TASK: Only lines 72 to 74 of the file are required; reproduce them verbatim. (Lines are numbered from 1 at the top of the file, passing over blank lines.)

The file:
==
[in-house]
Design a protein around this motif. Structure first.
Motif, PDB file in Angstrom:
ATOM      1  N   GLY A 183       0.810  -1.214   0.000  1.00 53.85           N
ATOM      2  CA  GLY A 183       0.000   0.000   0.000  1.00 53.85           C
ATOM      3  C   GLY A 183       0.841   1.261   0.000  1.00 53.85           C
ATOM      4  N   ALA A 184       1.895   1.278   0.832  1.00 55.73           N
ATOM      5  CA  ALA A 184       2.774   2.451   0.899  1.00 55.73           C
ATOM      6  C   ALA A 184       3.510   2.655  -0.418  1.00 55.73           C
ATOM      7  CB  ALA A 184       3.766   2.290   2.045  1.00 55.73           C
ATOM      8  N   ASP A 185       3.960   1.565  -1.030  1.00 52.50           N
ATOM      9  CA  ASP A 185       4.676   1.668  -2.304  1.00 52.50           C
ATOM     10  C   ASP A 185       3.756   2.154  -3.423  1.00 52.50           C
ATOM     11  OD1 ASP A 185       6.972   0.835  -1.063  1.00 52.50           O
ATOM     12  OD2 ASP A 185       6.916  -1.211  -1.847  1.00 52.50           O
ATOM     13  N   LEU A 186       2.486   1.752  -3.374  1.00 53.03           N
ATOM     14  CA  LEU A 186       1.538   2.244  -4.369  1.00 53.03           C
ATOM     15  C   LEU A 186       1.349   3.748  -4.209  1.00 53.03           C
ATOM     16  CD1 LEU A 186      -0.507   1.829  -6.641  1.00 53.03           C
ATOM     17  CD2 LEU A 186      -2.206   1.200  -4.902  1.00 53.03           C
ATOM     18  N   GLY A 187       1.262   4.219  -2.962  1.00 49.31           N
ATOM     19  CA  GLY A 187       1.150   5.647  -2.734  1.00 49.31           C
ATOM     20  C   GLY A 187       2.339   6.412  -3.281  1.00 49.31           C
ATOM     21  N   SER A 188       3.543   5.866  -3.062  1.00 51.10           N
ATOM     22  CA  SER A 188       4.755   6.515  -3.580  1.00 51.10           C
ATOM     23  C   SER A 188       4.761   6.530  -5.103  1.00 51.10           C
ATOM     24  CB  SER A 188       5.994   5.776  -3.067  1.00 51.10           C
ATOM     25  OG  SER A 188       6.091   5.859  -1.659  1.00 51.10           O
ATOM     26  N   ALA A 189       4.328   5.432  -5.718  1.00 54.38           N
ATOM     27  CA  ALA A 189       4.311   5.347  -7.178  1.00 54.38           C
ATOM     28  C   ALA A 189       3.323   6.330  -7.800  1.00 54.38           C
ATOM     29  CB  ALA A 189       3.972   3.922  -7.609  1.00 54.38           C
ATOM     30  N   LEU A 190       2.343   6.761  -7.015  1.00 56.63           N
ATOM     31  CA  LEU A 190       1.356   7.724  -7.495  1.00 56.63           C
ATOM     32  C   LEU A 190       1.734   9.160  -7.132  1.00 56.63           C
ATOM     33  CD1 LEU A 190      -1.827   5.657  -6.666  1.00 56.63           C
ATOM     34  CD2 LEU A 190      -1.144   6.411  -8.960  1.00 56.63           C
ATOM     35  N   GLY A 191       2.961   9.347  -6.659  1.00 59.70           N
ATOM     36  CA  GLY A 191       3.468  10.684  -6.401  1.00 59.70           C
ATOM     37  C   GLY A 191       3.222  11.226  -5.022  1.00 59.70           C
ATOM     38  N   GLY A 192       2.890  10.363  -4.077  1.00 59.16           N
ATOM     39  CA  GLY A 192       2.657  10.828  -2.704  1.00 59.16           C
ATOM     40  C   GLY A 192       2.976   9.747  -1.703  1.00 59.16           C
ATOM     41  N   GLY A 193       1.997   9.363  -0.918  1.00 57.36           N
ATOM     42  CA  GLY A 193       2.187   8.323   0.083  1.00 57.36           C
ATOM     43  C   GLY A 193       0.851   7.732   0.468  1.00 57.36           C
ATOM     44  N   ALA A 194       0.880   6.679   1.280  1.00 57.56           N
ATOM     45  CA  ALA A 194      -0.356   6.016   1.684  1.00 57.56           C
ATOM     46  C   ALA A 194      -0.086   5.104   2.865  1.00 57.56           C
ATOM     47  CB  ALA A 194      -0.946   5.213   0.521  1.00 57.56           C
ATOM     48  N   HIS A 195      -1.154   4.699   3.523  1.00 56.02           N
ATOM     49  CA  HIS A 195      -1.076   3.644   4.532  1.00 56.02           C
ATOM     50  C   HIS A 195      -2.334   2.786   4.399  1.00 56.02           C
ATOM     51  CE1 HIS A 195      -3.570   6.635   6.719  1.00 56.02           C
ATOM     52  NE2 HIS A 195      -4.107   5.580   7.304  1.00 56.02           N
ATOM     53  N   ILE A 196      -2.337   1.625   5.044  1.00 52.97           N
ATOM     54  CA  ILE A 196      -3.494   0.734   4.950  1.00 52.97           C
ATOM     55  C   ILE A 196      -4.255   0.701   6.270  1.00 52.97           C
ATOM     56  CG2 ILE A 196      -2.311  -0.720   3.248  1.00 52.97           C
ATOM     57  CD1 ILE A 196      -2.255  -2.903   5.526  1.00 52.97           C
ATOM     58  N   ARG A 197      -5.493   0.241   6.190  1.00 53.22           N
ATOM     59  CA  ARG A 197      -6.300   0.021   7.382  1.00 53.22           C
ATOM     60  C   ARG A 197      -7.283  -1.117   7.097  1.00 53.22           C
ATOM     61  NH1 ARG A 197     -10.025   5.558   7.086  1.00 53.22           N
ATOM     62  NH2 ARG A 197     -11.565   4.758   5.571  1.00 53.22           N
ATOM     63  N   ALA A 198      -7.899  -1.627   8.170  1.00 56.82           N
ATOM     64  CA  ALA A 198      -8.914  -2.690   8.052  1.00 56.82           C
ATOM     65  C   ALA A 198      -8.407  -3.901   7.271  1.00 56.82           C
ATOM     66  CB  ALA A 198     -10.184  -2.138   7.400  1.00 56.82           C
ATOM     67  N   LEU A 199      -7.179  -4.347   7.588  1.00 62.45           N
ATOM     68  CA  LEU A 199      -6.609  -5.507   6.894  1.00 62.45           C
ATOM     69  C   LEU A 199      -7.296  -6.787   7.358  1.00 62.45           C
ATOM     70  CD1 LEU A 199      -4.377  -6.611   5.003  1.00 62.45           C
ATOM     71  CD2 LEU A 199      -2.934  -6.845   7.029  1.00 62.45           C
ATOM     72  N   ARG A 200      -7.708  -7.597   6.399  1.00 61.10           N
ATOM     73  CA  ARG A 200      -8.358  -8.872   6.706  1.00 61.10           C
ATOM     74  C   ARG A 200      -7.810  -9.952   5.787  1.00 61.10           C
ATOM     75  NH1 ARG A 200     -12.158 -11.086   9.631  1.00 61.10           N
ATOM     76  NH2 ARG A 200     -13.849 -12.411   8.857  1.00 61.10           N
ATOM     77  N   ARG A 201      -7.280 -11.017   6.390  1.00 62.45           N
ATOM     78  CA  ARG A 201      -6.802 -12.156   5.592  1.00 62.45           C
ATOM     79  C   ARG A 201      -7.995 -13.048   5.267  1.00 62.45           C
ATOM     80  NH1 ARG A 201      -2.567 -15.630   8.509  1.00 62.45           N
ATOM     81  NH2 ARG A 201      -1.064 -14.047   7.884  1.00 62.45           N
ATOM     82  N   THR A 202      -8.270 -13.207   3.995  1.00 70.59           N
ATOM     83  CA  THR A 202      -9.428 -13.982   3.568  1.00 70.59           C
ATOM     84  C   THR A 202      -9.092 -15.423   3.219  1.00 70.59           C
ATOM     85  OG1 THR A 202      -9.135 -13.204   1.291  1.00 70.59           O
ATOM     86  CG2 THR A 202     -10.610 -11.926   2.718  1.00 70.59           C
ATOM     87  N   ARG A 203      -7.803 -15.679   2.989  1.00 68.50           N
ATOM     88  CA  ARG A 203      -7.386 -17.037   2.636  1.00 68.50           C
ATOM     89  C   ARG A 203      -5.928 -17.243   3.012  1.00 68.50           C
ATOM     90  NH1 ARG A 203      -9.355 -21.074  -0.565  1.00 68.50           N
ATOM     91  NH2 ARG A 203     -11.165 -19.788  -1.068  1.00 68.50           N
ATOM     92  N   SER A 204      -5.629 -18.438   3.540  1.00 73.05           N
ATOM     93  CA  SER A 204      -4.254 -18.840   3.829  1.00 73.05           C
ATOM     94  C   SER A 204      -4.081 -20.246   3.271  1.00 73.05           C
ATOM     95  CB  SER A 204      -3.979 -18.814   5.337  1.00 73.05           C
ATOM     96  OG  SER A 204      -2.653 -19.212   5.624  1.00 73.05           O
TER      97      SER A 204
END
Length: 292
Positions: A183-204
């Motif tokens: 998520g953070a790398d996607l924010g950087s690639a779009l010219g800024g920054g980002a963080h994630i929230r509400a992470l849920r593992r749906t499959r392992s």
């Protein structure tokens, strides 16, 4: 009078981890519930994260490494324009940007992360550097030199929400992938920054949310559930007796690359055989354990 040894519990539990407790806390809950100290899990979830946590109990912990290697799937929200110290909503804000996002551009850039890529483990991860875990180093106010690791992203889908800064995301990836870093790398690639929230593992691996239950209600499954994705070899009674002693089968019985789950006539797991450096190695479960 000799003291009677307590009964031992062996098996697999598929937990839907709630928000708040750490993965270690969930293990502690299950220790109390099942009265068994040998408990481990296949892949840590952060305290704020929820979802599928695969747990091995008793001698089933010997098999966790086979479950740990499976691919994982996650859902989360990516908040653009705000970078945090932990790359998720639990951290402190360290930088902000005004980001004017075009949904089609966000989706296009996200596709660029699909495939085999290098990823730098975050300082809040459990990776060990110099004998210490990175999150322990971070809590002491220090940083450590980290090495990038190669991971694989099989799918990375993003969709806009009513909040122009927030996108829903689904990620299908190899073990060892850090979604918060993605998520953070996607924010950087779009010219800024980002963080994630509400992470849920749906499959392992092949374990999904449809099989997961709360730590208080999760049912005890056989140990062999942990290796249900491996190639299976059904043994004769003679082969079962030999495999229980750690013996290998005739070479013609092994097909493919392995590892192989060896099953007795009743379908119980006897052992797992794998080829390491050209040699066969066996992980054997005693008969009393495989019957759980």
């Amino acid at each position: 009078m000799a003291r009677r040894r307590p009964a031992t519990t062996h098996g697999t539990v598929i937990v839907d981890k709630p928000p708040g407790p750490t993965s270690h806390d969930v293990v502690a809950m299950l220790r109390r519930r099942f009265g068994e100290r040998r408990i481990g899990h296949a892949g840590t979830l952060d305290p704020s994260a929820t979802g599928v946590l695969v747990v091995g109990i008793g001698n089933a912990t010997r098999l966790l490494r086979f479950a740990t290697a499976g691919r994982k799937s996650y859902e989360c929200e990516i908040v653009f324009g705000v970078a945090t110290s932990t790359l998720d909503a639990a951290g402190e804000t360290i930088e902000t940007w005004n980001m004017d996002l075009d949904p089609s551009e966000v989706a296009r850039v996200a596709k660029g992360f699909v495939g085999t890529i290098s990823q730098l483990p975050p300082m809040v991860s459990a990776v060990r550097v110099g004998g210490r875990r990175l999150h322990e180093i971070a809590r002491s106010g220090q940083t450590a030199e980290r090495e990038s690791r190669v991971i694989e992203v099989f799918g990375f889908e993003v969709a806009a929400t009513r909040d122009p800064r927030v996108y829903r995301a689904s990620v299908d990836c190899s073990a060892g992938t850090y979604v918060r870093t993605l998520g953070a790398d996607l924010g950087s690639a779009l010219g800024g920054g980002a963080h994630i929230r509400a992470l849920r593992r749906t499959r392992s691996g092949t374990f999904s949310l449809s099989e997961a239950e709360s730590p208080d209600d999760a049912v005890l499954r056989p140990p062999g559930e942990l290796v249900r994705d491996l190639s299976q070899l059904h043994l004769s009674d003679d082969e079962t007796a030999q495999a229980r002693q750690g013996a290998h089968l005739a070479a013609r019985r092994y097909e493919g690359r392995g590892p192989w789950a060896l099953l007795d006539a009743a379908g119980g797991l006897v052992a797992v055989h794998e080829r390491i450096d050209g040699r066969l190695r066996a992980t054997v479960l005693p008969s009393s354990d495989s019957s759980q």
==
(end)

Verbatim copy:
ATOM     69  C   LEU A 199      -7.296  -6.787   7.358  1.00 62.45           C
ATOM     70  CD1 LEU A 199      -4.377  -6.611   5.003  1.00 62.45           C
ATOM     71  CD2 LEU A 199      -2.934  -6.845   7.029  1.00 62.45           C